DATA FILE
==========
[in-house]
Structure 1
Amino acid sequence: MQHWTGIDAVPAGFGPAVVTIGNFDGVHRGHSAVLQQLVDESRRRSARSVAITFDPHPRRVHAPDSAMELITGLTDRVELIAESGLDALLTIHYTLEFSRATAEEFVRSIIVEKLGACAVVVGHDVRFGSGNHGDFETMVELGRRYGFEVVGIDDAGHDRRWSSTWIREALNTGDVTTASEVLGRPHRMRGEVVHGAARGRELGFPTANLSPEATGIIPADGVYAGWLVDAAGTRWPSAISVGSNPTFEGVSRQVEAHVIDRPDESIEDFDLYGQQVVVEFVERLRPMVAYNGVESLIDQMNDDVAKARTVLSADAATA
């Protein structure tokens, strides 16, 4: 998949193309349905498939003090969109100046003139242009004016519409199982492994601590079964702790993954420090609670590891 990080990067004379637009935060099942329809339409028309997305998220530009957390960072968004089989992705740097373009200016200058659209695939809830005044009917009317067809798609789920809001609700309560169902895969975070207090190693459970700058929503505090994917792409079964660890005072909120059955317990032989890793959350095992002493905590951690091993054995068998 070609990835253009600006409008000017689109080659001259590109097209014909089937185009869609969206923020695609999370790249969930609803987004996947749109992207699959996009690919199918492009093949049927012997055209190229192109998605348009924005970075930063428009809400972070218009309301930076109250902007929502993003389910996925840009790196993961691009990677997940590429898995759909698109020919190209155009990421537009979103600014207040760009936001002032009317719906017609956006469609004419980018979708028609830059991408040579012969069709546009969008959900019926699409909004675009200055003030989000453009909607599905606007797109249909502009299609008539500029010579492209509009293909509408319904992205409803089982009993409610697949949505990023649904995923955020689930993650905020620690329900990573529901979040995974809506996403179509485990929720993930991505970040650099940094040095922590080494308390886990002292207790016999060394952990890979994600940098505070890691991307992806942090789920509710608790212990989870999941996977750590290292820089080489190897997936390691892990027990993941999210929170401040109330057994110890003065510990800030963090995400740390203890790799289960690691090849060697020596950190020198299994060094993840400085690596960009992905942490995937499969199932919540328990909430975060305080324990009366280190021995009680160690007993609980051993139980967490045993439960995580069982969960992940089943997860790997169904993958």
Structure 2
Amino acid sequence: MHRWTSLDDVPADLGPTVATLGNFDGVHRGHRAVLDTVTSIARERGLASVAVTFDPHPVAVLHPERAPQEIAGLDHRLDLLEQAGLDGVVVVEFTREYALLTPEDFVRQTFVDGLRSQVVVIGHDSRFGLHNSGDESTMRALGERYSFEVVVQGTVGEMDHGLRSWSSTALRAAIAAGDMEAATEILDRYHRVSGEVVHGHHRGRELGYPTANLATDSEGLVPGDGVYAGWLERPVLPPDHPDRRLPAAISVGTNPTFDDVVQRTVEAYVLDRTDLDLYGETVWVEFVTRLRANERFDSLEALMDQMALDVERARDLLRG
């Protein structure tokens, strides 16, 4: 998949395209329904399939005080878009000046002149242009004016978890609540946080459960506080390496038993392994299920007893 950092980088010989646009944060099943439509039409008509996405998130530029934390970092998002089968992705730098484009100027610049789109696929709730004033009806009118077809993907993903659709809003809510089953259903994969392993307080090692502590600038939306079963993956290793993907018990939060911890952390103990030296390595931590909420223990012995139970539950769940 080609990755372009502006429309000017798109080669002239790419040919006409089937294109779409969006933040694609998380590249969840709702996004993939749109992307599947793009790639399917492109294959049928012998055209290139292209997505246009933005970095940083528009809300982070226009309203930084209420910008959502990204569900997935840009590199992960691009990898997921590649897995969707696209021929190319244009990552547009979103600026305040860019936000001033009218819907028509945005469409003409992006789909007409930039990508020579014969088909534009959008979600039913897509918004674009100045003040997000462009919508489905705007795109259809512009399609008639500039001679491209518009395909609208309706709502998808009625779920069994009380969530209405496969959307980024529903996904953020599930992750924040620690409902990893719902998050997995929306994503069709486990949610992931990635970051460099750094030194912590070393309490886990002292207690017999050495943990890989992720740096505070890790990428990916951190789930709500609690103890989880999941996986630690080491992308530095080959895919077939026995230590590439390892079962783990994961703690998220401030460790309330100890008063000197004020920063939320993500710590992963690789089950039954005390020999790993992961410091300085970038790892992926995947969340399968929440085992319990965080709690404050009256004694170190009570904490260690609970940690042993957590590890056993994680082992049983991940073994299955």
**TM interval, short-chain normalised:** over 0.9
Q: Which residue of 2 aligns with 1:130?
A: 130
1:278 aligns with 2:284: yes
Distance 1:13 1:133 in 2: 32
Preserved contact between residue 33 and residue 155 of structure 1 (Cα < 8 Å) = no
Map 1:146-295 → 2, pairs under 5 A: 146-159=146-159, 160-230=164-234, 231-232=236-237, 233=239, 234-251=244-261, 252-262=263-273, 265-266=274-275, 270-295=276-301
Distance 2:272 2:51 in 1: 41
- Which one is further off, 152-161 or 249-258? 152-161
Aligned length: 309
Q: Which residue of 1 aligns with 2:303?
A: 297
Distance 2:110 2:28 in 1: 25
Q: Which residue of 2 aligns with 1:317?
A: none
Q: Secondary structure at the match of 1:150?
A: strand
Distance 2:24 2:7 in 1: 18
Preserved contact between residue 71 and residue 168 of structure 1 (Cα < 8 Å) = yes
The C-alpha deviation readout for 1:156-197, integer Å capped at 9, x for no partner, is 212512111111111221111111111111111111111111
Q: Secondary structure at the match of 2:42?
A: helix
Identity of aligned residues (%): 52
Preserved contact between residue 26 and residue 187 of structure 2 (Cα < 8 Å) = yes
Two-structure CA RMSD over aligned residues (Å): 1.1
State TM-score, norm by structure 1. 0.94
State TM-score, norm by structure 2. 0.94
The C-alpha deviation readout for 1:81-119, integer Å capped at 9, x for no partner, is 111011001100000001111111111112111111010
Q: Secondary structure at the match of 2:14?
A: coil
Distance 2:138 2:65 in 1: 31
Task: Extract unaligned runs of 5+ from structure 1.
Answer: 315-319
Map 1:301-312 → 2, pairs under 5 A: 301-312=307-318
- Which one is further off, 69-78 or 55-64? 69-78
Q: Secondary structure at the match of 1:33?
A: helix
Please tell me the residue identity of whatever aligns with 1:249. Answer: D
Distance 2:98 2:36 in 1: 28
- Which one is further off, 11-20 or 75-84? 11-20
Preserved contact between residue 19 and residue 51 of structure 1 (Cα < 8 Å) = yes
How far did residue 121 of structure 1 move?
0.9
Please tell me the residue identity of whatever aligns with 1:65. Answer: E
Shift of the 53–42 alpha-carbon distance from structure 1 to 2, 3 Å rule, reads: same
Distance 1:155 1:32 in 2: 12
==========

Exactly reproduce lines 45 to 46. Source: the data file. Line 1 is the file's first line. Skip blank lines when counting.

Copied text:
Please tell me the residue identity of whatever aligns with 1:249. Answer: D
Distance 2:98 2:36 in 1: 28